Rally heats up, no arrests

Published 10:23 am Monday, July 13, 2009

What started as a rally, quickly grew into another heated immigration debate Saturday, with both sides verbally sparring near the veteran’s memorial in front of the government center.

While no arrests were made, local law enforcement stepped in on at least three occasions, whenever a protester from one side crossed over to confront one on the other side.

In those cases, the protesters went back to their previous location.

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The event began at 2 p.m., lasted about two hours and was organized by Samuel Johnson as a protest against illegal immigration. Johnson, a member of the National Socialist Movement, held a similar rally last month at the same location and has also spoken out to the city council on the issue.

Johnson was joined by roughly a dozen supporters, while the people speaking out against his message numbered more than 100, the majority a combination of both Latinos and Whites.

“I’m just here to get people aware that illegal immigration in our city is a problem, and if you don’t stand up and do anything, then nothing will happen,” Johnson said before the rally began.

Toni Howg, who said she disagreed with Johnson’s message, was one of the organizers for the other side.

“We want to make it known, we don’t support the deportation of workers,” she said. “Immigration is important in a town like Austin.”

Shortly after 2 p.m., Johnson began speaking in a microphone to the crowd and reading various documents that addressed illegal immigration.

Those protesting against the message then began to chant from time to time in apparent attempts to drown out Johnson’s speech.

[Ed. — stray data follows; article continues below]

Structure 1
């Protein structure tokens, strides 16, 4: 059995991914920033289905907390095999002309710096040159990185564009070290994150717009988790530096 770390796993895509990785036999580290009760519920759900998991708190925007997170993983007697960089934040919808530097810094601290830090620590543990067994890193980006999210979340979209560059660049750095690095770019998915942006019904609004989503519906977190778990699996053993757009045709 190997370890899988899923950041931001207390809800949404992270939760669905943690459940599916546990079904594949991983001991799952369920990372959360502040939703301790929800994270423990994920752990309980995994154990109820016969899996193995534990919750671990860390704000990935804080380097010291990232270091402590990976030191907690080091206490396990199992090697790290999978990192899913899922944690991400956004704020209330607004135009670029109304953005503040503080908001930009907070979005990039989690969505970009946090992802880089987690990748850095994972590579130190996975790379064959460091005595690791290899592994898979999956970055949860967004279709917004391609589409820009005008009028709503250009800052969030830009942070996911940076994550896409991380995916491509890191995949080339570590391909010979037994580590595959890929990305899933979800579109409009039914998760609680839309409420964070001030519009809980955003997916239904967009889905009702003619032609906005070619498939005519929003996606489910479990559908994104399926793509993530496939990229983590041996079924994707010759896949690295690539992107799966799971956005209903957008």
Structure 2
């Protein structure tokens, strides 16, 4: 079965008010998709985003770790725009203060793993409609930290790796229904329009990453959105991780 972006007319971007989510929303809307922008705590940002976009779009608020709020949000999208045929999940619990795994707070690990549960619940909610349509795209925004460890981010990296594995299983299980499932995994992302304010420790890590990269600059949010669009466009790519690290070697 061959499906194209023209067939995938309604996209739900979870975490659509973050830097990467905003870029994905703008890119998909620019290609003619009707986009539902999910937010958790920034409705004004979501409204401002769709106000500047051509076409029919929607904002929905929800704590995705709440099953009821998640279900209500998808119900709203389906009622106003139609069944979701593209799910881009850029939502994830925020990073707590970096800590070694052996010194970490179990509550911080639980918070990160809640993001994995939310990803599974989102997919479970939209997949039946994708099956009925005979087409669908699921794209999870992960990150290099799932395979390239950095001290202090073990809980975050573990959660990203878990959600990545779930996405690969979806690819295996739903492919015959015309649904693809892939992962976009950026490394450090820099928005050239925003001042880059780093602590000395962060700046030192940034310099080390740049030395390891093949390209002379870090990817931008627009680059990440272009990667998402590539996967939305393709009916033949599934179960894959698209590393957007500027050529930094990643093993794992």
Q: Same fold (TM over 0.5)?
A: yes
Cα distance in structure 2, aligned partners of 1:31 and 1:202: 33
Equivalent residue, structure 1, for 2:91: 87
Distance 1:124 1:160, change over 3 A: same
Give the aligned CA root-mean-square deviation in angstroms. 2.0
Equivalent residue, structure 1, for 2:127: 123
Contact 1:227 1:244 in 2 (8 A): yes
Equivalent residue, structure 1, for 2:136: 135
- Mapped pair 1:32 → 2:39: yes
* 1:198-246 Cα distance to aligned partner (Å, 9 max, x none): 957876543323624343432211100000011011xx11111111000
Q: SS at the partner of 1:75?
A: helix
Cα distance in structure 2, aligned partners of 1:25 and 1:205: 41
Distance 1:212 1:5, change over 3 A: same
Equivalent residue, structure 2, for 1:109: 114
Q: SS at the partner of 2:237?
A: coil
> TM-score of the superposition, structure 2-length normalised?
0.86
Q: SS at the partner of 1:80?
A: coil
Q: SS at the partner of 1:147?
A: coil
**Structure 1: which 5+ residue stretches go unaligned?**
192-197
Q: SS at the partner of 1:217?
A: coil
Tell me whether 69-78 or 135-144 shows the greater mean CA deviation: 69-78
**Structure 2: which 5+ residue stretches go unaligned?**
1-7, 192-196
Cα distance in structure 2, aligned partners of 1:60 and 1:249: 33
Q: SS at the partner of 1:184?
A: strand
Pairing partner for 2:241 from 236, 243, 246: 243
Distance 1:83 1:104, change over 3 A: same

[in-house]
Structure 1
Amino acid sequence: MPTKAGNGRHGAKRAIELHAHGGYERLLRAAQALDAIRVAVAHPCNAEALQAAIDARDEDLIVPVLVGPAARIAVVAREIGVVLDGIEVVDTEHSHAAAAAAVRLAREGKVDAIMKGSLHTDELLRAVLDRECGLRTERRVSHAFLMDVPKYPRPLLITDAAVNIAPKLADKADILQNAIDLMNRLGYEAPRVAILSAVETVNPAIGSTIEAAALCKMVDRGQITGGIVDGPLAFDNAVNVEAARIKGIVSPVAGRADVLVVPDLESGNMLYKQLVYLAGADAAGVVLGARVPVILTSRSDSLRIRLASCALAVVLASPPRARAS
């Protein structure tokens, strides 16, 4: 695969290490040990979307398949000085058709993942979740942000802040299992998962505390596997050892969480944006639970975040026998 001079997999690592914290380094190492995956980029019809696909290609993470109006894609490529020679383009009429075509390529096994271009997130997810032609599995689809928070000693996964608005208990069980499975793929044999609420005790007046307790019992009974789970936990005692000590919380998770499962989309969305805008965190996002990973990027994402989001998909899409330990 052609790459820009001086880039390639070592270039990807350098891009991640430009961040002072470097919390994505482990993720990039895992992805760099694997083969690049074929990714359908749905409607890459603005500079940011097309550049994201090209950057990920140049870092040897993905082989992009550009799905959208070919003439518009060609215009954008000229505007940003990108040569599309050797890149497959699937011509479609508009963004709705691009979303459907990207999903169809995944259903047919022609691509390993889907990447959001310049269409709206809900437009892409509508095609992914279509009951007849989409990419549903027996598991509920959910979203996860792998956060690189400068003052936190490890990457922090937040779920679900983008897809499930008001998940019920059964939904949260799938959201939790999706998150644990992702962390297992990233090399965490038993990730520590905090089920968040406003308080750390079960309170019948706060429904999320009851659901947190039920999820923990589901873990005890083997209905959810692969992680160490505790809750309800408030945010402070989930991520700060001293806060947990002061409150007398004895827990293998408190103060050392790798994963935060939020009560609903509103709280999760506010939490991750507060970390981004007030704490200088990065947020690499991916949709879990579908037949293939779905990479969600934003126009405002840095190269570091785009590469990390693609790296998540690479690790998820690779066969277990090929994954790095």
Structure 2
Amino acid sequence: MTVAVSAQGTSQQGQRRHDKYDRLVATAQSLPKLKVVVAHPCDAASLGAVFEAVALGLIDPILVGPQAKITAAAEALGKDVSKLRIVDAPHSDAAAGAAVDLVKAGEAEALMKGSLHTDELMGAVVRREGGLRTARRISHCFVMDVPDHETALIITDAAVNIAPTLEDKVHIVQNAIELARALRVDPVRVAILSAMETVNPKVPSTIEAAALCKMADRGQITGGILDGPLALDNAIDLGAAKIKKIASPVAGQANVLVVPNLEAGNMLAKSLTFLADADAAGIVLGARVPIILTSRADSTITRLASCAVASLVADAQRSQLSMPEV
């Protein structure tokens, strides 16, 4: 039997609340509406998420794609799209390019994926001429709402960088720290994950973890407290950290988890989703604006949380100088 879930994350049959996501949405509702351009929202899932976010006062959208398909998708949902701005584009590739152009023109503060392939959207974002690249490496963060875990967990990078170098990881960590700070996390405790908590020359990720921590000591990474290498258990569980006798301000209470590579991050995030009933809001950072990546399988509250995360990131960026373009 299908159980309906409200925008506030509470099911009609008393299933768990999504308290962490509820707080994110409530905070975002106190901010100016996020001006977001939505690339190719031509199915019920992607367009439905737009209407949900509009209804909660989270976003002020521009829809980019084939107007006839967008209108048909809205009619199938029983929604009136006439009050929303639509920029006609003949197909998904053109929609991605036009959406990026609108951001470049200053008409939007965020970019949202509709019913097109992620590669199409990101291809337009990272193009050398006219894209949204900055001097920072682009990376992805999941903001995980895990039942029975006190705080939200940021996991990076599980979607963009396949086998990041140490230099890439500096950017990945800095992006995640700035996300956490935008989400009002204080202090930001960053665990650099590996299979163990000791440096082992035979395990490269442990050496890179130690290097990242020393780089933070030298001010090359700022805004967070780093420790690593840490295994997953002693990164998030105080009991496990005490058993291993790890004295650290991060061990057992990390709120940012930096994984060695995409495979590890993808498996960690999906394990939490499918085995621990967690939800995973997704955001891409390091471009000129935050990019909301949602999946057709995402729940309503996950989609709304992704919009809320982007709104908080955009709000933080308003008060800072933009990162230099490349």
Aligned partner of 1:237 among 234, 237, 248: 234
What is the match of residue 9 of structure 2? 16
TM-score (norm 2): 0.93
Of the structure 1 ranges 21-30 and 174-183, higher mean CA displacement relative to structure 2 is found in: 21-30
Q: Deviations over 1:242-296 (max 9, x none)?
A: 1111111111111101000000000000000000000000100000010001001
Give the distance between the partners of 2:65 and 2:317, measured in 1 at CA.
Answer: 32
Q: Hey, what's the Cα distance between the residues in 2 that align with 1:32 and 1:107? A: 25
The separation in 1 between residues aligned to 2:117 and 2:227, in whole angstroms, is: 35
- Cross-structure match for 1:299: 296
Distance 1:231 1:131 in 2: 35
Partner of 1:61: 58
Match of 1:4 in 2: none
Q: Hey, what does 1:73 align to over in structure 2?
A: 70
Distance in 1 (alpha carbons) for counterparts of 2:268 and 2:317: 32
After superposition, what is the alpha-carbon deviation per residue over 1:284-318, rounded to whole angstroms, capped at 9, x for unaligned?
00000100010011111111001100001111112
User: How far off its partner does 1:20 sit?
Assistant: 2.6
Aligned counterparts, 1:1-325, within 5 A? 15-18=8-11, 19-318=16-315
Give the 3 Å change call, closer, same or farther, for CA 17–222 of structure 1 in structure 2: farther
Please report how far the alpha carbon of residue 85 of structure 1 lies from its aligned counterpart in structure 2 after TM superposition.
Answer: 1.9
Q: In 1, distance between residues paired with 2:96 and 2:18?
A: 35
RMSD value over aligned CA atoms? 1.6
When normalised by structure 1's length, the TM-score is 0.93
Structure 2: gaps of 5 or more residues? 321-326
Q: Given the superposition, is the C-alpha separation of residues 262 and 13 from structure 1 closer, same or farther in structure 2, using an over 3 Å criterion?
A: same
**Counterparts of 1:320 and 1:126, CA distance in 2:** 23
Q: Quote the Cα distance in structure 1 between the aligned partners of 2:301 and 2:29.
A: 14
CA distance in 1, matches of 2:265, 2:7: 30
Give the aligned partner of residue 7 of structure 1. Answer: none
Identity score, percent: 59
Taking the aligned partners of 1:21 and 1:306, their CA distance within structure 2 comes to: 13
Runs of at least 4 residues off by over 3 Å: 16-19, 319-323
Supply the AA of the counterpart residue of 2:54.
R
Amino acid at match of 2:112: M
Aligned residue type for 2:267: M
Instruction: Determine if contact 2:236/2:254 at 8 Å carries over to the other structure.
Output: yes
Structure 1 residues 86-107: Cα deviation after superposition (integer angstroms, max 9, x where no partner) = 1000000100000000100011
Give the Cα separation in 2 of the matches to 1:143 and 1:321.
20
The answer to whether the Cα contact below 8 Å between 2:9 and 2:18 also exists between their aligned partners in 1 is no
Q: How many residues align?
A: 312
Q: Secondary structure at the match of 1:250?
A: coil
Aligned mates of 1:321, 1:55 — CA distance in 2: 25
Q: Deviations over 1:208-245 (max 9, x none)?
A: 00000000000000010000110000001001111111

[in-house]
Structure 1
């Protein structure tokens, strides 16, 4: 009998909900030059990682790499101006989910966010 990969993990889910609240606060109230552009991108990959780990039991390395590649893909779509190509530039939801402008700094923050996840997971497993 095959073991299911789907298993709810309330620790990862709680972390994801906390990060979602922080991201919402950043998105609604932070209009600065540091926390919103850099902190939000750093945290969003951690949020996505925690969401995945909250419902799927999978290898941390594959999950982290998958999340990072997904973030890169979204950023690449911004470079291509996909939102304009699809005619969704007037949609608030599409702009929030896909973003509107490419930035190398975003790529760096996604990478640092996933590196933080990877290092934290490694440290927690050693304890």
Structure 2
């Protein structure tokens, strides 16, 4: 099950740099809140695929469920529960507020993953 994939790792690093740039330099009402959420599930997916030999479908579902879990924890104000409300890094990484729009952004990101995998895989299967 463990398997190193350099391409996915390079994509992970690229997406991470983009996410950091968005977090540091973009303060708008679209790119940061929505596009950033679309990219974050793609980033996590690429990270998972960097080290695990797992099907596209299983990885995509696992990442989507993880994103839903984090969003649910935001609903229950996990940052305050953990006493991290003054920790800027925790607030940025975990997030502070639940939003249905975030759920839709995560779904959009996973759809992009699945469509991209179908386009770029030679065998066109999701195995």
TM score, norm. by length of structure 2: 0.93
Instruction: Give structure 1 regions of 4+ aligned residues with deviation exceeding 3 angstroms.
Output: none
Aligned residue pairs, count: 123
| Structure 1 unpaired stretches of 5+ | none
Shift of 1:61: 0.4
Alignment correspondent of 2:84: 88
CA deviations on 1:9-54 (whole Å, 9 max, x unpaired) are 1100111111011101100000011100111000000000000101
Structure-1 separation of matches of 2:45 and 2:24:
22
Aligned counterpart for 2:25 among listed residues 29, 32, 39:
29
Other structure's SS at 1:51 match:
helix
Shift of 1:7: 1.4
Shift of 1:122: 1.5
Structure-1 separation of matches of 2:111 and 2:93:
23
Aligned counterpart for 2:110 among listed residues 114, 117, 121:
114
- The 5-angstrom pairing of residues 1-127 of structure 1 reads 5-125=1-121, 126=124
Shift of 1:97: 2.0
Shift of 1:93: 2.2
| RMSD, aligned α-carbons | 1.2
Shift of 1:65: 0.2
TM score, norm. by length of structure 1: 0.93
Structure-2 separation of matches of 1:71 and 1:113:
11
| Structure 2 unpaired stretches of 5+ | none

“The people united will never be defeated,” Johnson’s opponents chanted at one time.

Johnson kept talking.

“Every day we sit back and do nothing is a battle lost,” he said. “…Rallys must be held and support must be given … Carry the message loud. Carry the message strong, for if you will not stand up for America, who will?”

Both sides of protesters had at least one megaphone to try to drown out the opposing side, and both sides carried homemade signs.

On occasion, those opposed to Johnson’s message walked around the block and chanted.

Erik Flann, of Lino Lakes, a Johnson supporter who brought a large American flag to the rally, expressed his views as the protesters passed by.

“Hitler is not dead; he’s alive in our hearts,” he said.

Shortly after, he expanded on his comments.

“We’re trying to stop illegal immigration in this town,” Flann said. “…You can’t kill the spirit of National Socialism.”

Mary Laeger-Hagemeister of Albert Lea, at the rally to protest Johnson’s message, offered her view.

“I believe Latinos are being given a bad wrap,” she said. “There’s a lot of misinformation. I believe it’s a human rights issue.”